stly its superior in numbers and so superbly armed and equipped? I do not enter upon the contested question of the numbers serving in the respective armies. Colonel Livermore's Numbers and losses in the Civil War is the authority relied upon usually by writers on the Northern side; but his conclusions have been strongly, and as many of us think, successfully challenged by Cazenove G. Lee, in a pamphlet entitled Acts of the Republican Party as Seen by History, and published (in Winchester, 1906) under the pseudo C. Gardiner. How could an agricultural people, unskilled in the mechanical arts, therefore unable to supply properly its armies with munitions and clothing, prevail against a great, rich, manufacturing section like the North, whose foreign and domestic trade had never been so prosperous as during the great war it was waging from 1861 to 1865? Remember, also, that by May, 1862, the armies of the Union were in permanent occupancy of western and middle Tennessee, of nearly t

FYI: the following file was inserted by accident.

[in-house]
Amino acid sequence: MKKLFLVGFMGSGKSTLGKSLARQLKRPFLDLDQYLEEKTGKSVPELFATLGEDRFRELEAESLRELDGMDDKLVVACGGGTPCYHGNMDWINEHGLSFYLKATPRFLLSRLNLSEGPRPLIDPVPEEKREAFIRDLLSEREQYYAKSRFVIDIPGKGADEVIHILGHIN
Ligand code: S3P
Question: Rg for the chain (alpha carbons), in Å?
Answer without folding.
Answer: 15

Oliver Otis Howard, Autobiography of Oliver Otis Howard, major general , United States army : volume 2, Chapter 59: institutions of the higher grade; the Barry Farm (search)
the three in the former slave States, subsequently caused me some legal difficulties on account of the Government donations. They did before emancipation and are still doing noble work for the negro population. The enrollment of Wilberforce for 1906 is 400 students with 30 on the board of instruction, Its industrial division, including that of hospital and trained nurses, is extensive. 26. There was one thriving school of the grammar grade in Atlanta, Ga., called the Storrs school. When Ial assets have reached (1907) $2,227,047.77. The institution named Tuskegee Normal and Industrial Institute is a success. Its academic and industrial training are going on, hand in hand. One item is full of encouragement: During the college year 1906-7, $8,233 were paid by the students themselves in entrance fees and chapel collections. From Mr. Washington's effort and example, more than a score of kindred smaller schools which did not before exist have been set in motion in Alabama alone.
Mary Thacher Higginson, Thomas Wentworth Higginson: the story of his life, III: the boy student (search)